Respect is not a passive act.  To respect someone is look for the spring that feed the pool of their experience… At its core, the act of respect invites us to see others as legitimate. We may not like what they do or say or think, but we cannot deny their legitimacy as beings. In Zulu, a South African language, the word Sawu bona is spoken when people greet one another and when they depart.  It means “I see you.”  To the Zulus, being seen has more meaning than in Western cultures.  It means that the person is in some real way brought more fully into existence by virtue of the fact that they are seen (Isaacs, Dialogue, p.111).

When I have faith in my conversation partners, there is a much greater chance, too, that they will trust me.  Without mutual trust there is little chance that a conversation will be open enough for dialogue to occur.

            Love. “If I do not love the world—if I do not love life—if I do not love men—I cannot enter into dialogue”  (Freire, p. 78). Dialogue is only possible if we have empathy for others. In dialogue, we start by being empathetic, respectful, and non-judgmental rather than taking the superior approach and starting by judging others. When we are empathetic toward others, when we move from love rather than control, we recognize our mutual humanity, the great bonds we share with others just because we are all people. This is especially important for people with whom we disagree. Isaacs, again, recognizes empathy as a core part of dialogue: 

One lens that can reduce the temptations to blame and increase respect is to listen to others from the vantage point that says,  “This, too, is in me.”  Whatever the behavior we hear in another, whatever struggle we see in them, we can choose to look for how these same dynamics operate in ourselves (p. 124).

            Love is necessary for dialogue but love can also be created by dialogue.  As Bohm writes, “love will go away if we can’t communicate and share meaning… However, if we can really communicate, then we will have fellowship, participation, friendship, love, growing, and growth” (p. 41).

            Critical Thinking.  “Only dialogue … is … capable of generating critical thinking” (Freire, p. 81). When we go into conversation to confirm our views rather than to learn, we choose to think by ourselves rather than with others.  If I only want to hear you tell me that you agree with me, then I don’t really want to hear your thoughts at all. If we really want to learn from a conversation, we are wise to go into it looking for ideas that disprove our way of thinking rather than looking for confirmations that our opinion is right.

            Dialogue is the thinking approach to communication.  In the best situation, our ideas flow back and forth so freely that we truly start to think together, we reach a point where we lose sight of whose ideas are whose.  Such conversation is energizing, humanizing, and the most natural way for partners to communicate.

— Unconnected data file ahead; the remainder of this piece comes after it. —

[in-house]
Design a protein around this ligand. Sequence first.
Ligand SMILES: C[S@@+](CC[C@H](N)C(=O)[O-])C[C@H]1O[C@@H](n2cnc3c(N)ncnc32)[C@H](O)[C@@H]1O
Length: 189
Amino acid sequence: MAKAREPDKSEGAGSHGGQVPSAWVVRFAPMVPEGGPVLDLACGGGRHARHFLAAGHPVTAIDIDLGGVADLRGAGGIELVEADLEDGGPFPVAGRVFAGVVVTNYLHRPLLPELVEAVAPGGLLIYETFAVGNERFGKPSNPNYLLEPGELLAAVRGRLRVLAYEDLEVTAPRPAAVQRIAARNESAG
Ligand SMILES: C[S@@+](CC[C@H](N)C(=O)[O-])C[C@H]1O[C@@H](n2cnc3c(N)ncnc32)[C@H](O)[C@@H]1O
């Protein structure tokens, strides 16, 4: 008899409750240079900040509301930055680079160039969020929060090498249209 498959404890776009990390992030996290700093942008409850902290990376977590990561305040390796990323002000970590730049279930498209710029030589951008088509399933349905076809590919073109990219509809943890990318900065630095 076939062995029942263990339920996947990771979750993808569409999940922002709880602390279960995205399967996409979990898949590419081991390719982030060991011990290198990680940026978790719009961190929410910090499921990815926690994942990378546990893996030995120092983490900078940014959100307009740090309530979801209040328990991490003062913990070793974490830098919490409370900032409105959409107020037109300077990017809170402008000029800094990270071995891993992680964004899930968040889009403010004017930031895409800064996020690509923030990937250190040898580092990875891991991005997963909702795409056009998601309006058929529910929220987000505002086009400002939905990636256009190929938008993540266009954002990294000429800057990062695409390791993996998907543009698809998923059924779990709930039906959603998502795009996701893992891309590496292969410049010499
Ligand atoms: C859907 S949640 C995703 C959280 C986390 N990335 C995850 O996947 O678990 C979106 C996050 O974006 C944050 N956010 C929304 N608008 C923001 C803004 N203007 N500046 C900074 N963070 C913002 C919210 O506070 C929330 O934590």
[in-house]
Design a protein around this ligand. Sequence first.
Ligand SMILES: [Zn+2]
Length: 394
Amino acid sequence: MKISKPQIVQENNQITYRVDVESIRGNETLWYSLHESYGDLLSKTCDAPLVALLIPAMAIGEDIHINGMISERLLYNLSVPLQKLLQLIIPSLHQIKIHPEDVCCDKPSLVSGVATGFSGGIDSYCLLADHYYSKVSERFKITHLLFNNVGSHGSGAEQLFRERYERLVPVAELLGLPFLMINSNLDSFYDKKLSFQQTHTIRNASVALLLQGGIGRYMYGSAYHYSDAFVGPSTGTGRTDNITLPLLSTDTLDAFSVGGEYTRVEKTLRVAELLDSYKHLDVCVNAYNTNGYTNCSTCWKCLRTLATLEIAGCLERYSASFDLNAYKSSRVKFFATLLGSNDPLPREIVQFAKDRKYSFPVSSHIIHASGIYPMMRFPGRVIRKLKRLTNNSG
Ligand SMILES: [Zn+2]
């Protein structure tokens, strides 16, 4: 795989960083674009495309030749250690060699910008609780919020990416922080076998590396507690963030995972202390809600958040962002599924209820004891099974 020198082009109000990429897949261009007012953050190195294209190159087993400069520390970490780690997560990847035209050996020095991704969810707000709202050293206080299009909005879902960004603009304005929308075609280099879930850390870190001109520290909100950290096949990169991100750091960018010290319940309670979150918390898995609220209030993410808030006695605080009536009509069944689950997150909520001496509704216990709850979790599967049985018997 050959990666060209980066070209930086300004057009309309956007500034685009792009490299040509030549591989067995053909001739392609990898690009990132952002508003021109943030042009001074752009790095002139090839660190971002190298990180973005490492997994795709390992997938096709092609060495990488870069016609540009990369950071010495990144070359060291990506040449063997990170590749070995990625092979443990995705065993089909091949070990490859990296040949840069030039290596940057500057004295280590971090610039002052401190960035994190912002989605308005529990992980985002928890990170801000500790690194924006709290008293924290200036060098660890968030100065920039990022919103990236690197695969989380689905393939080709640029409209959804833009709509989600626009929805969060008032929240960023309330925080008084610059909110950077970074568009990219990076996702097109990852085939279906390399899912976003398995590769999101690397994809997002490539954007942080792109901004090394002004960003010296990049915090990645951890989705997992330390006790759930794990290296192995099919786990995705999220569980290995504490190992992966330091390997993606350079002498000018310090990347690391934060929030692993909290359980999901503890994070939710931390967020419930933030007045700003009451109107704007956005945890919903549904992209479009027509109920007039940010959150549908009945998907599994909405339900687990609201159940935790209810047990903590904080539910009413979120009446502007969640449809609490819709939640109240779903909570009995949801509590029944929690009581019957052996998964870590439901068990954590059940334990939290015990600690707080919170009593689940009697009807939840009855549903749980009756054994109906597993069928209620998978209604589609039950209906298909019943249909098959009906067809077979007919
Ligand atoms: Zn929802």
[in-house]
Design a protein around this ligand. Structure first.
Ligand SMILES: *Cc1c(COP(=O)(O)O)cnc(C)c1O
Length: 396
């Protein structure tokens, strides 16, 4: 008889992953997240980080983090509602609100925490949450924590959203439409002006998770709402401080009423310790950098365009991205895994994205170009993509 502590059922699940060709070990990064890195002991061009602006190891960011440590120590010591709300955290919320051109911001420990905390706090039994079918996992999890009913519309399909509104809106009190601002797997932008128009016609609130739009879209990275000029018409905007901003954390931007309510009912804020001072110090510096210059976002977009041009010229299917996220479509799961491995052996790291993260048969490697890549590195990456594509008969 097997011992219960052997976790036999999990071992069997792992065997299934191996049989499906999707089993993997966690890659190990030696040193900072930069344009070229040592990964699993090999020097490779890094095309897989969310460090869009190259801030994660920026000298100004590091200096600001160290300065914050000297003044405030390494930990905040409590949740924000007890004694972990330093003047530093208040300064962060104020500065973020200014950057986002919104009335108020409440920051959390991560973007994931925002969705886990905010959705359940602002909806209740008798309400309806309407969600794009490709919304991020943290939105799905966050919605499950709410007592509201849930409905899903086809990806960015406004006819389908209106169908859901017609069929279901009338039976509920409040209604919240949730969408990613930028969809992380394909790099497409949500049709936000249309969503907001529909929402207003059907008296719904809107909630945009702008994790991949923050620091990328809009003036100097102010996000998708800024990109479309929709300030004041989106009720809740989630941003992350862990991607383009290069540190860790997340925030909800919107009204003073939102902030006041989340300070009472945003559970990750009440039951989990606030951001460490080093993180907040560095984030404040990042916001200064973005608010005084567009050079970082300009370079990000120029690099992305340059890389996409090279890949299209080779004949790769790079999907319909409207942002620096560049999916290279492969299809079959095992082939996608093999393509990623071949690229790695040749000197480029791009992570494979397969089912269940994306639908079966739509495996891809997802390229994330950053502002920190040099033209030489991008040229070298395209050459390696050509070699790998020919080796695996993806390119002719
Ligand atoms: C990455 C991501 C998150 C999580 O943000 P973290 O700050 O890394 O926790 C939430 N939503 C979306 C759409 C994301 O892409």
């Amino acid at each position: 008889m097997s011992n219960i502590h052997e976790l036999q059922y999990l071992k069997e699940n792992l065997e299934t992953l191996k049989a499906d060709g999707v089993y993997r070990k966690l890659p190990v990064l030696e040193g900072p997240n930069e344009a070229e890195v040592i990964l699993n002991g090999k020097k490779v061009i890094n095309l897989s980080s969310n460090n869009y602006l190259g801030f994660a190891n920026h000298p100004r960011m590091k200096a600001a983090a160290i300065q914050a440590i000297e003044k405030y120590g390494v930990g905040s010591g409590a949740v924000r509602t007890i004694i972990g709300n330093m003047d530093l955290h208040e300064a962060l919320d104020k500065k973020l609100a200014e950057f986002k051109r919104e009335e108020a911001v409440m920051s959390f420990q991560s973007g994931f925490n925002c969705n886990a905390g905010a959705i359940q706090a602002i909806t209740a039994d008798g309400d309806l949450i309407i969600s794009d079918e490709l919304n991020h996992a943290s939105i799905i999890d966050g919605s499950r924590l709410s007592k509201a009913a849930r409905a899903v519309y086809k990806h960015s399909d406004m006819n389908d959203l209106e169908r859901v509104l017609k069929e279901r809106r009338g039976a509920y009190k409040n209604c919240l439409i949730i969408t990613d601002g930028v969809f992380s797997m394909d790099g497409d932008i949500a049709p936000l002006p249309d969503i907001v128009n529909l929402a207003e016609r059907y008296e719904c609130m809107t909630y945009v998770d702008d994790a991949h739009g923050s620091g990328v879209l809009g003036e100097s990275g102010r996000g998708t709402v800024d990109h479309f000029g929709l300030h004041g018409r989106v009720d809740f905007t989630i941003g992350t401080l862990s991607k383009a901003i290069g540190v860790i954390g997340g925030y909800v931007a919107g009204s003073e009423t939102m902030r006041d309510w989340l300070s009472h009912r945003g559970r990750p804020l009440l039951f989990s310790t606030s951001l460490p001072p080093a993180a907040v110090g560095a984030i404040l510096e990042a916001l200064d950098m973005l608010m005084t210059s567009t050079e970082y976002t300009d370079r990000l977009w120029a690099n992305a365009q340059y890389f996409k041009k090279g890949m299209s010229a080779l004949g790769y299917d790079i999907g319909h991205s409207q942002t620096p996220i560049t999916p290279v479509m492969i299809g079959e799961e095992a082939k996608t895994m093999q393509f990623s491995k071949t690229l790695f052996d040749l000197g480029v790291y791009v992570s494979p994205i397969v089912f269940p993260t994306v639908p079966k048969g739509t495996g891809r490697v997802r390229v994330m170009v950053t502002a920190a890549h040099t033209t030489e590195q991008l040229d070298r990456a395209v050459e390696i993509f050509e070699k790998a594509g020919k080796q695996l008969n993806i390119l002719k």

Hope. “Dialogue cannot be carried on in a climate of hopelessness. If the dialoguers expect nothing to come of their efforts, their encounters will be empty, sterile, bureaucratic and tedious” (Freire, p. 80).  Dialogue cannot occur when people are paralyzed by hopelessness.  Dialogue can only flourish in situations where there are many possibilities.

            In part, this means, that a conversation that is dialogical can only be so when it is open-ended. If I come to you with a plan and I expect you to implement it, I am clearly not engaging in dialogue. Dialogue occurs when we start by trying to understand together, when we listen and learn rather than tell and resist. 

            Hope too, for me at least, means that even act of dialogue is a hopeful act, a sign that we believe a better future is possible.  When I listen to you, and you listen to me, we are better for the experience, and there is always the hope that we can create something new and better, that we can advance thought, and, through dialogue, create a better tomorrow.



Resources for public speakers

This is an excerpt from a draft of my next book, Unmistakeable Impact, which describes what we can do to have excellent instruction for every student, in every classroom, every day.  While writing about workshops, one of six parts of an Impact School, it occurred to me that someone else might want to use some of these resources now, so I'm posting this excerpt.


Whatever success I’ve had as a presenter and workshop leader I give credit to the authors of the many books I’ve read. I’ve included a little information about some of the most useful books here:

Design: Garr Reynolds and Nancy Duarte have started a revolution in the way people use PowerPoint, Keynote or other slide software.  Reynold’s Presentation Zen: Simple ideas on presentation design and delivery and Presentation Design: Simple design principles and techniques to enhance your presentations and Nancy Duarte’s  slide:ology: The Art and Science of Great Presentations are beautiful, practical books that illustrate by their design as much as by their words why design-thinking is an important part of creating a workshop or presentation.  Reynolds’ books make the case for better design in the use of PowerPoint, and Duarte, who collaborated with Al Gore to develop the slides for his presentation An Inconvenient Truth, provides multiple design suggestions that can help anyone improve the look of their slides.  Their work is very important because three years from now, I expect, a poorly designed slide presentation will be create as negative an impression as a grammatically incorrect piece of writing does today.